Movable display cases which can be reassembled in different positions in the Galleria di Palazzo Ross, Genoa.

I do not want to give the impression that design has no place in a museum, but to show that in spite of superficial resemblance the aims and objects of a museum are quite different to those of a retail shop or a trade fair. I may also have explained why a proper appreciation of the necessity for good design and of the benefits it can bring has been so slow in gaining acceptance from the museum profession.

Design is no part of a scholar’s equipment. The qualities and the time it takes may well be inimical to scholarship. The grudging financial support given to any cultural activity in this country has prevented the obvious solution which is that there should be specialists in museum design just as there are specialists in archaeology, art, zoology and other museum subjects. Other countries accepted this long ago which is why most of the examples of good design in museums are to be found outside the British Isles.

The situation in England is changing. The British Museum has led the way and some of the large provincial museums such as Liverpool have also appointed keepers of design to work alongside the keepers of existing academic departments. Some of the smaller museums are served by area design or exhibitions officers. The Museums Association has had good display in the forefront of its aims for more than half a century. Its conferences and its journal have pressed the claims of good design whenever possible.

Not all applications of design to museums have been successful. There is a danger that an architect of talent may impose such a strong personal style that the exhibits become merely one element of that style. To remove the frame from an old master painting and stand it on a spike in the middle of the floor interferes with the operation of perspective which requires a rectangle and a plane surface against which to react: to place a piece of classical sculpture on a turntable makes it part of a mechanical device. In each case the object is made more striking but is diminished aesthetically. This would not be the case with a mobile which is conceived with movement, nor in the case of many contemporary paintings which either do not use perspective or do not use it in an illusionist way so that these methods of display could be used legitimately for contemporary work.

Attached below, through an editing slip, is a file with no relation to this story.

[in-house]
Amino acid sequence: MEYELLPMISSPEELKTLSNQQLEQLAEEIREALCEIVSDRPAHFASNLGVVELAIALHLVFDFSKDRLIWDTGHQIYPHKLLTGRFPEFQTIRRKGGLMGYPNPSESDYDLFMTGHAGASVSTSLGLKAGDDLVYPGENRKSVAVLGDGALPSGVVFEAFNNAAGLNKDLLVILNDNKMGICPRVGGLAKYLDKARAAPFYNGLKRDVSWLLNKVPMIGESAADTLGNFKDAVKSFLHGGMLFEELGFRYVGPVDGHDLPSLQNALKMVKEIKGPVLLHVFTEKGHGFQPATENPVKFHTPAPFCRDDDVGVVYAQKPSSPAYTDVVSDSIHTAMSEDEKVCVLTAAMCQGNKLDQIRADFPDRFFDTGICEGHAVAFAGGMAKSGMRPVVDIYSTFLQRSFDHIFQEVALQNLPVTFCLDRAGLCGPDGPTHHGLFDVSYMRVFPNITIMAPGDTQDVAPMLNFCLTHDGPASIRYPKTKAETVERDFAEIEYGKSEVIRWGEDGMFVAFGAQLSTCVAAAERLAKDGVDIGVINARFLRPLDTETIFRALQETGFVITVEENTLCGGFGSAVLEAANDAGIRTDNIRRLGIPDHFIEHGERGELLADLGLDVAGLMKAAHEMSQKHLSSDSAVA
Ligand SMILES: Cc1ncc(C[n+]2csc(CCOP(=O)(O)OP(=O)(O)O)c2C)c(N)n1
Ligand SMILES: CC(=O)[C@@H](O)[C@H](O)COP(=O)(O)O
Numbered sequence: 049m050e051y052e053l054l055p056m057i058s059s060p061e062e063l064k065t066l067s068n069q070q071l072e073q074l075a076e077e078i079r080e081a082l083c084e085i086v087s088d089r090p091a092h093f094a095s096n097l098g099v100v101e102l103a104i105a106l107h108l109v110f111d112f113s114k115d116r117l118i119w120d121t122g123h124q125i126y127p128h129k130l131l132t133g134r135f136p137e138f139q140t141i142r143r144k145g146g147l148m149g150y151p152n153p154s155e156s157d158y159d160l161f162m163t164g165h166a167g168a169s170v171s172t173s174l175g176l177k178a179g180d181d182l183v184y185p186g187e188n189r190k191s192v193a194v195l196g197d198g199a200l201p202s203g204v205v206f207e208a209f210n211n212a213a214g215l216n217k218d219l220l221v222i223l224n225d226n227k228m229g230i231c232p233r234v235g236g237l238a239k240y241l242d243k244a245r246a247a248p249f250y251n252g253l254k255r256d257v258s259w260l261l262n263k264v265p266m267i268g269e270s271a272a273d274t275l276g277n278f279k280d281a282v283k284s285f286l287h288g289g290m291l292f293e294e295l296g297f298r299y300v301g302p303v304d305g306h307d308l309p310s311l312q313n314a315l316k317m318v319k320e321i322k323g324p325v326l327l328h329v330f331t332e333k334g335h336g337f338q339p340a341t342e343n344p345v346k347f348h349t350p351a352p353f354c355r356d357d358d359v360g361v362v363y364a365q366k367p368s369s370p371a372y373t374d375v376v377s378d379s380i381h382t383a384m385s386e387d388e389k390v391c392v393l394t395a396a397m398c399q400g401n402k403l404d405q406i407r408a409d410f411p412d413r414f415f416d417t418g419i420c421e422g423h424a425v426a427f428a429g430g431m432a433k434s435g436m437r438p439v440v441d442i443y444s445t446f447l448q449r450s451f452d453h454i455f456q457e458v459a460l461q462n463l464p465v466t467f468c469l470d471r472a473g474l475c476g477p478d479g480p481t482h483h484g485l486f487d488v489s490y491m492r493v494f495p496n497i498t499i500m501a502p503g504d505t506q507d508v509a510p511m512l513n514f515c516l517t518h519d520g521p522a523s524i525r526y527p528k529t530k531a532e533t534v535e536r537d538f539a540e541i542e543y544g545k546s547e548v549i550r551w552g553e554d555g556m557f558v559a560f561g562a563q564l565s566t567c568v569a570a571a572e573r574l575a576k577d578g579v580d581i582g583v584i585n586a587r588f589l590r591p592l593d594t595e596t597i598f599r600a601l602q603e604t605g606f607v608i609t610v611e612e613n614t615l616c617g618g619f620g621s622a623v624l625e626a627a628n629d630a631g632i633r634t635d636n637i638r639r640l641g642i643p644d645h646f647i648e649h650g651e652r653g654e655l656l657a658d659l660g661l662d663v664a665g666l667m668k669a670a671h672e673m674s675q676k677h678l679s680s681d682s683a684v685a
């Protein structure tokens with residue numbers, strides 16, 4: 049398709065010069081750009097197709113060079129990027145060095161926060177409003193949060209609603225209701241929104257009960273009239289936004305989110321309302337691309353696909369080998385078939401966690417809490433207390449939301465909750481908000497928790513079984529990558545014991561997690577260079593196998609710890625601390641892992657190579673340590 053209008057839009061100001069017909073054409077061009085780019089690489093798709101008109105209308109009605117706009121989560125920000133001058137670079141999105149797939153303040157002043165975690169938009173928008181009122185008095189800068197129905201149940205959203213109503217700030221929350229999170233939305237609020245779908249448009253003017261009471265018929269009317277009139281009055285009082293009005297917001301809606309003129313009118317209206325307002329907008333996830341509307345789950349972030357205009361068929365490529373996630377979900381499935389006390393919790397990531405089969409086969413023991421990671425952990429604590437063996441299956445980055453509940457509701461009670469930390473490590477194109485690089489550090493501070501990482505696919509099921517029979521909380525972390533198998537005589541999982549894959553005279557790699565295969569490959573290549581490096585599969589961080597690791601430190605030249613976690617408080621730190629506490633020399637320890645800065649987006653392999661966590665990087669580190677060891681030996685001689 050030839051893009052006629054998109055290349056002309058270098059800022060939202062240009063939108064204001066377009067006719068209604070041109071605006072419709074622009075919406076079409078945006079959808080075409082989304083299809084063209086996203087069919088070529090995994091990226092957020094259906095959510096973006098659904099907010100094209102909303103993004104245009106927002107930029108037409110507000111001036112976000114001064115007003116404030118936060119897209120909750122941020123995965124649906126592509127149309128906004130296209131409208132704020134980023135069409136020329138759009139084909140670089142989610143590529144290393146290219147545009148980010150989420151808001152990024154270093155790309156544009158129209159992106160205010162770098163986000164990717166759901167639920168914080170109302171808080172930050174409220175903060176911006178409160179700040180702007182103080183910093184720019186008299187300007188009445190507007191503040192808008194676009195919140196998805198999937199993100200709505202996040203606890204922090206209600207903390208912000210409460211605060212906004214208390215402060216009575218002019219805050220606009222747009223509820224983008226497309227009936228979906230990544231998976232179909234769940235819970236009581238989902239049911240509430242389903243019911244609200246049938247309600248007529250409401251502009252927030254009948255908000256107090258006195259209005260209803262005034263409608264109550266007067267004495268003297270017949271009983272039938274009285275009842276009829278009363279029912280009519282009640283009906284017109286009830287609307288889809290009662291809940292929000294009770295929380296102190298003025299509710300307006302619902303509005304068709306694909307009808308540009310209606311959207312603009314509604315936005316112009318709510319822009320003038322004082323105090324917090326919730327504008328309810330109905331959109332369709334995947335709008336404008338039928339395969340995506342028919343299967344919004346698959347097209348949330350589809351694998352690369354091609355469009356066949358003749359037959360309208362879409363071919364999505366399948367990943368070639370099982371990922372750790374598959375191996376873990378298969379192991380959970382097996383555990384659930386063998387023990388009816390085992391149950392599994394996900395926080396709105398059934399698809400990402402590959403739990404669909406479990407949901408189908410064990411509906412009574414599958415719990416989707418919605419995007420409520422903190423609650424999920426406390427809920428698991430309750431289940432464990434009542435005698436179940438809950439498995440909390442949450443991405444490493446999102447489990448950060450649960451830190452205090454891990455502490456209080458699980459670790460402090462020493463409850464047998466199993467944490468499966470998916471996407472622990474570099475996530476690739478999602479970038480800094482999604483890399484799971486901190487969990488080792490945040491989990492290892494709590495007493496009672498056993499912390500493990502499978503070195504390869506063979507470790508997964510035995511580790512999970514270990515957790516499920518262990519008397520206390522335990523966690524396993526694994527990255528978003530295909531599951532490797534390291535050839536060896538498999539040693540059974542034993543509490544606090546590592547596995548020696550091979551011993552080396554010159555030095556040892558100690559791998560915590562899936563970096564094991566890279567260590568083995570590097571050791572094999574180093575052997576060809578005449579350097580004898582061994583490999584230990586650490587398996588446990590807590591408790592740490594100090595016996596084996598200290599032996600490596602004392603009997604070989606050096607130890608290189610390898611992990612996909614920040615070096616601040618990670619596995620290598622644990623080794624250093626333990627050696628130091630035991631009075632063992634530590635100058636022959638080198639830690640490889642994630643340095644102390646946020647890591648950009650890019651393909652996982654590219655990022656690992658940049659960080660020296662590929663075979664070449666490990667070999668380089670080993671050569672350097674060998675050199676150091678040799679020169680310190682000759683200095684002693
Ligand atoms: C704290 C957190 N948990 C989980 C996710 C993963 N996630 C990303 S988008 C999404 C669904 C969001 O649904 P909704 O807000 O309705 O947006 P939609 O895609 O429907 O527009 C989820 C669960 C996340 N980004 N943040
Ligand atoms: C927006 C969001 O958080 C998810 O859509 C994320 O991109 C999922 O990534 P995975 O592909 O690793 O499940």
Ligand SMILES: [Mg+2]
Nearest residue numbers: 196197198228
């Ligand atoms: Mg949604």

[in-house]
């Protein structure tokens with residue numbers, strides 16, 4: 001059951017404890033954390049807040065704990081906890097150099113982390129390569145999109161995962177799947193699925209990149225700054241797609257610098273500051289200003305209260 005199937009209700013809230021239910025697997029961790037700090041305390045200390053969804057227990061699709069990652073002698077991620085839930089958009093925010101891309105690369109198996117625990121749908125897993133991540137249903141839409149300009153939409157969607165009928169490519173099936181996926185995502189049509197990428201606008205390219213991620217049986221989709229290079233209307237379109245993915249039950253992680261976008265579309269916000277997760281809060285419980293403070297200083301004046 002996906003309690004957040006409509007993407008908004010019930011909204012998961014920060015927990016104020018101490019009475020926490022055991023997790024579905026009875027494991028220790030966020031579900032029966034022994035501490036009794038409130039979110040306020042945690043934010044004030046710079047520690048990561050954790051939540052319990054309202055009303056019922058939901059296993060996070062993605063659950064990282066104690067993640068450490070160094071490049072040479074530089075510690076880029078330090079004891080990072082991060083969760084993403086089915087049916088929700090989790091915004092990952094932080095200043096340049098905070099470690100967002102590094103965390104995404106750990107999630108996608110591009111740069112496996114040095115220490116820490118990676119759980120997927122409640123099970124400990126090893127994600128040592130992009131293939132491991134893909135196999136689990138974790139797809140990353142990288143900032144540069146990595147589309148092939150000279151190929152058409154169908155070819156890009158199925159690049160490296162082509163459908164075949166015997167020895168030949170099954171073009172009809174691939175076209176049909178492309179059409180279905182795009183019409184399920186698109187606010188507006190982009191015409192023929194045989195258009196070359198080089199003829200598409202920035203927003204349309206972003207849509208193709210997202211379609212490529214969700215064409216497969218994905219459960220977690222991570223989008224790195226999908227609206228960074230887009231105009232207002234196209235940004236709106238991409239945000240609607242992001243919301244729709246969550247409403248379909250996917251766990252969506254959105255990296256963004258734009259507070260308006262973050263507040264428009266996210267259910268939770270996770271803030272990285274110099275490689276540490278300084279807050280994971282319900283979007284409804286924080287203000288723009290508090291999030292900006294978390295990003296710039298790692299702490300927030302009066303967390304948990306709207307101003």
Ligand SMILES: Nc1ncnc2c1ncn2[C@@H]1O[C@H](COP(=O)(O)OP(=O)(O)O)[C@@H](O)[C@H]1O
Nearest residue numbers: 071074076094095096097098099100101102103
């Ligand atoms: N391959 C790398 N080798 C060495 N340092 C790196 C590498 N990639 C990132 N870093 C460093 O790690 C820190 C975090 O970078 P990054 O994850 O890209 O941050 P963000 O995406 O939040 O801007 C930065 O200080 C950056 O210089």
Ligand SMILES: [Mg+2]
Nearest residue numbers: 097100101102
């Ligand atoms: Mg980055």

The Tesoro di San Lorenzo Museum (architect, Franco Albini), Genoa.

One of the most brilliantly designed museums in the world; the sculpture gallery in the Kroller-Müller museum at Otterloo in Holland.

One of the most brilliantly designed museums in the world; the sculpture gallery in the Kroller-Müller museum at Otterloo in Holland.

Good design, without any loss of integrity, can make facts more easily assimilable to the unspecialised ordinary museum visitor, it can make the true qualities of a work of art understandable to those with no knowledge of art history or modern art and it can help to attract vastly more of those people who may find Bingo and the dogs an unsatisfactory way of filling their growing leisure. This is why design is so crucial.

Good design can do other less obvious things in the museum. It can renew the obsolete Victorian buildings with which most of us are saddles or it can provide new buildings which are accessible centres of culture rather than hushed temples of the arts for an élite. It can produce new methods of storage that make reserve collections readily available to the scholar and enquirer. In general it can increase the use and enjoyment of the great resources in our public collections by all sections of the community.

The original magazine article can be viewed here: SIA Journal, no.136 June 1964